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Comment: Re:Long on Rhetoric (Score 3, Insightful) 217

by passthecrackpipe (#35072038) Attached to: Firewalls Make DDoS Attacks Worse
In a surprise revelation, a vendor of anti-DDOS equipment claimed that everybody else is doing it wrong, and leaves several subtle hints that their own equipment and services are the only true defence against a concerted DDOS attack. In a further shocking comment, the article disclosed that almost everybody else is constantly under some form of DDOS attack, hinting that you might be next. As a final nail in the coffin of your amateurish "Network Security" the experts reveal that there is nothing you can do - the better you protect your systems, and the more traffic your current systems will be designed to handle, the more aggressive attackers will become.
Security

Do the SSL Watchmen Watch Themselves? 171

Posted by Soulskill
from the barbers-with-a-good-haircut dept.
StrongestLink writes "In an intriguing twist on the recent Comodo CA vulnerability discussed here last week, security researcher Mike Zusman today revealed that three days prior to StartCom's disclosure of a flaw in a Comodo reseller's registration process, he discovered and disclosed an authentication bypass flaw to StartCom in their own registration process that allowed an attacker to submit an authorized request for any domain. During a month which was marked by the continuing paradigm shift to SSL-verified holiday shopping, the Chain of Trust continues to run off the gears, and Bruce Schneier is even commenting publicly that SSL's site validation mission isn't even relevant. What lies ahead for the billion-dollar CA industry?"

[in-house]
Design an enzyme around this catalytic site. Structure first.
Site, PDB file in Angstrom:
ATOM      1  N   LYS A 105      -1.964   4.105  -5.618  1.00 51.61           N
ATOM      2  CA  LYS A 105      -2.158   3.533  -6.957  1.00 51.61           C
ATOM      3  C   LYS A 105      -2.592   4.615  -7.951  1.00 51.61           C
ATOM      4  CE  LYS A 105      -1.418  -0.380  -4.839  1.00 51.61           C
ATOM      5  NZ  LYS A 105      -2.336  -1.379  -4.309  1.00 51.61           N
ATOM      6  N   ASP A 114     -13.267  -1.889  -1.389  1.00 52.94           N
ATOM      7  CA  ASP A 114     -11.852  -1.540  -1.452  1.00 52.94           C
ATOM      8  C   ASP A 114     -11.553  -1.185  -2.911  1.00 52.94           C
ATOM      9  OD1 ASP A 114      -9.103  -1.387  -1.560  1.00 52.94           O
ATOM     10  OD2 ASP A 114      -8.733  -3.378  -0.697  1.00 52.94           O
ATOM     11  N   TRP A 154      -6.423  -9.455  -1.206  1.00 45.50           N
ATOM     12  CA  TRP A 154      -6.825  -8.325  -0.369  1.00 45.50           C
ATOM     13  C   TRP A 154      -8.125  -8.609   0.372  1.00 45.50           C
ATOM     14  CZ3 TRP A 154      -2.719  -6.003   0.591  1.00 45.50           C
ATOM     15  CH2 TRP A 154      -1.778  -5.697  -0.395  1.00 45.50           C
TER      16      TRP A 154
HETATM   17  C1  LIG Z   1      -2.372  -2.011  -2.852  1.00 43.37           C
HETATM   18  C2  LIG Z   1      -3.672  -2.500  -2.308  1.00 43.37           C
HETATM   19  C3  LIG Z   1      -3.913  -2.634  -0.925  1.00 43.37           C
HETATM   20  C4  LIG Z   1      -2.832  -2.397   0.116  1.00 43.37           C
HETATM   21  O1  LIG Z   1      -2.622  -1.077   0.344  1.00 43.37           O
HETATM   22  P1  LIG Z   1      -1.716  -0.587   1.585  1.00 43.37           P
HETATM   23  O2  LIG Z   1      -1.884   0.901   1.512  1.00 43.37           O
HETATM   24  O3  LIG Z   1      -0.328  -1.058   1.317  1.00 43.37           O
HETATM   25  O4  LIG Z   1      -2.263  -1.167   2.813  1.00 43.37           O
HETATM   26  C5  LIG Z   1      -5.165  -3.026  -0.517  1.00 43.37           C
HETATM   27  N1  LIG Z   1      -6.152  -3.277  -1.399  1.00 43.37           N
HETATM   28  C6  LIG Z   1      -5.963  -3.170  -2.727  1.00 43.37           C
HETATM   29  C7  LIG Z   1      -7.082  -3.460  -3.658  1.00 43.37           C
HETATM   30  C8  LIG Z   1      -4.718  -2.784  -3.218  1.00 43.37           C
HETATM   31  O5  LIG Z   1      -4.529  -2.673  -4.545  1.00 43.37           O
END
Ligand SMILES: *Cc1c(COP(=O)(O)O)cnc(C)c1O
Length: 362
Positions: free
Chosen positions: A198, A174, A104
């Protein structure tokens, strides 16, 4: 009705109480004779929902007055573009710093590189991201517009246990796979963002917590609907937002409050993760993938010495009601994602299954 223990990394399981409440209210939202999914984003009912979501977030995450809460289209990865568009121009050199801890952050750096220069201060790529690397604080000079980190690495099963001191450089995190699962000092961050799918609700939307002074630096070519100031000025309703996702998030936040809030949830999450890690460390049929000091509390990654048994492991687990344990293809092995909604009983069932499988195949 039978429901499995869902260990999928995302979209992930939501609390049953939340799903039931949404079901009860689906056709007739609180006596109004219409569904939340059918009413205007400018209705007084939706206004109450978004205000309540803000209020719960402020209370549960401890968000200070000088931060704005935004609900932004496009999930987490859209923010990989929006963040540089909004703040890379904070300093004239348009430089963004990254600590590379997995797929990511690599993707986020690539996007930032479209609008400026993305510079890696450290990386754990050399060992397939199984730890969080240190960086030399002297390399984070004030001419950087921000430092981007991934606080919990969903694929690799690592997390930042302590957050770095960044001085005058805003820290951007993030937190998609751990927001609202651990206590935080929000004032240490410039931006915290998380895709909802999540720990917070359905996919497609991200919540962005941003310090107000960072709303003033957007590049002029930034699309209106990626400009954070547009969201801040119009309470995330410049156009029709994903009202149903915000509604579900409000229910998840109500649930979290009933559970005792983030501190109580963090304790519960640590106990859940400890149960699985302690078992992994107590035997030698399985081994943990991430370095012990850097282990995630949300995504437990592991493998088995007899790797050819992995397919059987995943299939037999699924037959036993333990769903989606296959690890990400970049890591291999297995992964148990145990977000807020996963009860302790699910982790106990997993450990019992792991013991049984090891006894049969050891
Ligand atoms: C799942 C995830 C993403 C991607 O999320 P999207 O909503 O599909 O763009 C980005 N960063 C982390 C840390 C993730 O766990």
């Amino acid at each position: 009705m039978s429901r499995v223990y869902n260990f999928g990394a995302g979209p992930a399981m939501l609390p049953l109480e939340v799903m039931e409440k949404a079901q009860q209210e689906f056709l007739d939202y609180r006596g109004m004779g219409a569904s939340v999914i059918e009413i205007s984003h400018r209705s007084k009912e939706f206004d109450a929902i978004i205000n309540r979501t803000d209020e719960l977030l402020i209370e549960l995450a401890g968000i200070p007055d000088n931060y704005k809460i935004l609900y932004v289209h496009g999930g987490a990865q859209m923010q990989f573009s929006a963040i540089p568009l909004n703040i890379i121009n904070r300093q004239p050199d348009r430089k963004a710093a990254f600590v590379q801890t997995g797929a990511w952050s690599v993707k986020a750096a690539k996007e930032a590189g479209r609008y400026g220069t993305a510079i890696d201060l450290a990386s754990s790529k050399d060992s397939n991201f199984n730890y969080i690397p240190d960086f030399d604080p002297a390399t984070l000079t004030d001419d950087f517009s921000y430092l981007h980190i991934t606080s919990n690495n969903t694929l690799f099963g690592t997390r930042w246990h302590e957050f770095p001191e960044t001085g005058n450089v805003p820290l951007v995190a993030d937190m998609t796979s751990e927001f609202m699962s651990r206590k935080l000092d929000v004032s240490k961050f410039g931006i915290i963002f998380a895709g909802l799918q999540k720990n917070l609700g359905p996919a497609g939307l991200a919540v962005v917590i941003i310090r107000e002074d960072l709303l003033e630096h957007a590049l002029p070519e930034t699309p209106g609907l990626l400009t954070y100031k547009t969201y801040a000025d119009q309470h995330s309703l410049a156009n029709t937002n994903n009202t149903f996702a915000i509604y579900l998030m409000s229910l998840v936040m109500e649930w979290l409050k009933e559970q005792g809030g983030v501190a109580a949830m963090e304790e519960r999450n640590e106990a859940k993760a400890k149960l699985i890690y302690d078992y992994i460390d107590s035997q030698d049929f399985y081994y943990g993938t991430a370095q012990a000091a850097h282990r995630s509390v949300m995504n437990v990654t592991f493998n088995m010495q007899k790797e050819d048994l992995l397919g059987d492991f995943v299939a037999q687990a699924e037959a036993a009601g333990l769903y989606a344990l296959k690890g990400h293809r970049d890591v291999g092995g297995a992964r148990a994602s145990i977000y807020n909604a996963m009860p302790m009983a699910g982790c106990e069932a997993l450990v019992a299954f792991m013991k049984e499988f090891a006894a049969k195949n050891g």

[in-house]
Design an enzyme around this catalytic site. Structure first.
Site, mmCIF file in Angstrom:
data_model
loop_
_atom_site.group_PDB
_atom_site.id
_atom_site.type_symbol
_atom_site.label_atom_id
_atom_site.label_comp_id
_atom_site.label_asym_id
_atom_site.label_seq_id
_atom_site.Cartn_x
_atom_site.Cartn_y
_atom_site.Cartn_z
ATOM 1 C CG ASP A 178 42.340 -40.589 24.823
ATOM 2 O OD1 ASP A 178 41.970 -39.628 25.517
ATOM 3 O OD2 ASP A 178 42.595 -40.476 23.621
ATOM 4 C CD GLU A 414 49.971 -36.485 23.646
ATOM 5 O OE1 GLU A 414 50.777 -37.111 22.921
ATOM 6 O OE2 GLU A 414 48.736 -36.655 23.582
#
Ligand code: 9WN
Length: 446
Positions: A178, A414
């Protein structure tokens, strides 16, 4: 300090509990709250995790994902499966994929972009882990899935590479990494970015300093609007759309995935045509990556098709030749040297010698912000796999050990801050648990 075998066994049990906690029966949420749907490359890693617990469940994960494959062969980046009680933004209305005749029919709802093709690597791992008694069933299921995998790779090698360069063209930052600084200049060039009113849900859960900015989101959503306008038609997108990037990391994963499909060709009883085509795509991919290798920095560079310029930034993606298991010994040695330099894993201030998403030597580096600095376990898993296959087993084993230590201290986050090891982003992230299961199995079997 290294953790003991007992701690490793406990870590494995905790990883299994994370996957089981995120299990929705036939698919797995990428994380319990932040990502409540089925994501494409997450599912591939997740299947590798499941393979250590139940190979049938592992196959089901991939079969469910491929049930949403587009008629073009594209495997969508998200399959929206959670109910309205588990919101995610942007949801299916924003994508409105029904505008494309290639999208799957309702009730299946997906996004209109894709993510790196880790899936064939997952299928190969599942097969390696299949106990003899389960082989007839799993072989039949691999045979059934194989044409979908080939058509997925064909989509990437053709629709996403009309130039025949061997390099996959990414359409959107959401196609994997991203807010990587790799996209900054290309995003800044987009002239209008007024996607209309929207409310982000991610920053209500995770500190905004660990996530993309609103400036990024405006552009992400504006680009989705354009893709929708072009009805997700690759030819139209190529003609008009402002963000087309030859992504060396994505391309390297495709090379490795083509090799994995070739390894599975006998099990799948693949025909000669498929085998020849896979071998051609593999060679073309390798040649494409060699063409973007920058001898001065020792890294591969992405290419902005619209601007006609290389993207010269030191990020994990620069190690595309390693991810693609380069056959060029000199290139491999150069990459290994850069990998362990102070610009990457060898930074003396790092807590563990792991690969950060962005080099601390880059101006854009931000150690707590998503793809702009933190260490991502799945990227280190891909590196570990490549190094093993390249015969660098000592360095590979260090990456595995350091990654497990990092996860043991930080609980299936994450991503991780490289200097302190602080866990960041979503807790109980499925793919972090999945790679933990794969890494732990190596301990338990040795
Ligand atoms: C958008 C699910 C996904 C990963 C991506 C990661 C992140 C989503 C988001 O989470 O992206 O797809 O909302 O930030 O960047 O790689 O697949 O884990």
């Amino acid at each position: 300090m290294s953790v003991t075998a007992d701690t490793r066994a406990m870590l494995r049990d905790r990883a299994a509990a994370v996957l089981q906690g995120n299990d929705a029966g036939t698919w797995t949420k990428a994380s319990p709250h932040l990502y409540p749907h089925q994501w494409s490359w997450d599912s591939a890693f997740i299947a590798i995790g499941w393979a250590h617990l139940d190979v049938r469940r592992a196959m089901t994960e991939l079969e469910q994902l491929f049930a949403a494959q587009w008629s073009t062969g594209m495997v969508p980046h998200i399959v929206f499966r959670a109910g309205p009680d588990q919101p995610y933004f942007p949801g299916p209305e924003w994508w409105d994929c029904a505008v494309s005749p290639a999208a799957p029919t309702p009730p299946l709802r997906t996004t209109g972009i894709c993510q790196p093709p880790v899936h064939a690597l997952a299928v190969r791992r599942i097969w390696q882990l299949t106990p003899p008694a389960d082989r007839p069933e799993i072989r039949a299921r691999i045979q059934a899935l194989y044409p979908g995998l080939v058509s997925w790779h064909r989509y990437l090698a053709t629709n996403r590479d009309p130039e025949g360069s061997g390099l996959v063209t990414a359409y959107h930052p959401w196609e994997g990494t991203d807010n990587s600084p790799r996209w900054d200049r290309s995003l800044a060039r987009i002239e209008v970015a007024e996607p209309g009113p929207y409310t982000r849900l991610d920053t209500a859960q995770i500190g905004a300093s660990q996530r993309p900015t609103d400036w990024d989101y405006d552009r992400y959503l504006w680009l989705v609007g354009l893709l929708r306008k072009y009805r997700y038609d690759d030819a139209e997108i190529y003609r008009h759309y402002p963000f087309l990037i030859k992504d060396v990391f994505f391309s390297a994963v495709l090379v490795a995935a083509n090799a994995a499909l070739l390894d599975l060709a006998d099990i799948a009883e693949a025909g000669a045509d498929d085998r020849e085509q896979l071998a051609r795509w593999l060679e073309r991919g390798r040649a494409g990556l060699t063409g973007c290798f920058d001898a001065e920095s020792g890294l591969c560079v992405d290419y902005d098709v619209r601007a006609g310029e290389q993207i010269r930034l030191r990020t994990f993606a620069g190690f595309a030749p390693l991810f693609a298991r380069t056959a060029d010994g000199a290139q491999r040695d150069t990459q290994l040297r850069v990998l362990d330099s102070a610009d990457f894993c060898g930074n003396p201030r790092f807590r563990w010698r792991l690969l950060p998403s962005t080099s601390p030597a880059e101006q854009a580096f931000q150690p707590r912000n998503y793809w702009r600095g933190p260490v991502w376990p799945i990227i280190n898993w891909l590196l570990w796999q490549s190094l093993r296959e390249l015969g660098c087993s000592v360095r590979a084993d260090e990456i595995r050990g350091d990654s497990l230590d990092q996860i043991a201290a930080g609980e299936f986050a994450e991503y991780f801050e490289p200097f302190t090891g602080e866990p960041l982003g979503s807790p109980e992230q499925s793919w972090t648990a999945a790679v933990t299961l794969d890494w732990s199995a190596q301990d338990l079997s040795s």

Comment: Re:Learn CSS (Score 1) 438

by passthecrackpipe (#26029973) Attached to: Freelance Web Developer Best Practices?
uh, yeah - welcome to the real world. I just finished a lenghty re-design where i was 100% dedicated to not using tables for layout. I require header, 3 column with left and right column fixed width, center column fluid, and footer, with minimum page height to be the browser window and columns being full height. I couldnt cut it, so i hired a CSS expert - the guy was really good, but still the layout failed half the test cases. (we are not writing some blog, we are writing a for-pay publishing platform. our test cases are all based on real usage scenarios). When asking for advice, the advice was either "do it so and so" which is what we were already doing, or, my personal favorite, "why do you need this layout, it sucks". Whenever i hear the last argument, in whatever context, I know that the technical approach i chose will not be able to cut it, and here are the "cover up" brigade. Throughout this ordeal, our template pages became increasingly incomprehensible and difficult to code with. DIV's nested to stupid levels, etc. I made the decision to swap to tables for our layout. It took me about 30 minutes to effect this change, and stuff Just Works(tm). There are serious and real problems with CSS layouts, and unless these are adressed, tables will continue to see use, especially by people that have a job to finish. My boss doesnt care how i do the site layout, he trusts me to make the right decisions. part of that decision tree is to ensure that i strike a balance that involves cost and time to market somewhere.

Comment: Re:Power of community + run by the community? (Score 1) 244

by passthecrackpipe (#25856569) Attached to: <em>Tabula Rasa</em> To Shut Down
and who will donate the incredible amount of high quality artwork in all forms required to make a good MMO? and not only do you need lots of high quality artwork, it also needs to be done along the same style and theme, and be artistically consistent. the people that have the skills and talent to make art for are an MMO are usually too busy with their dayjob.
Power

PC Makers Try To Pinch Seconds From Their Boot Times 399

Posted by timothy
from the an-operating-system-called-linux dept.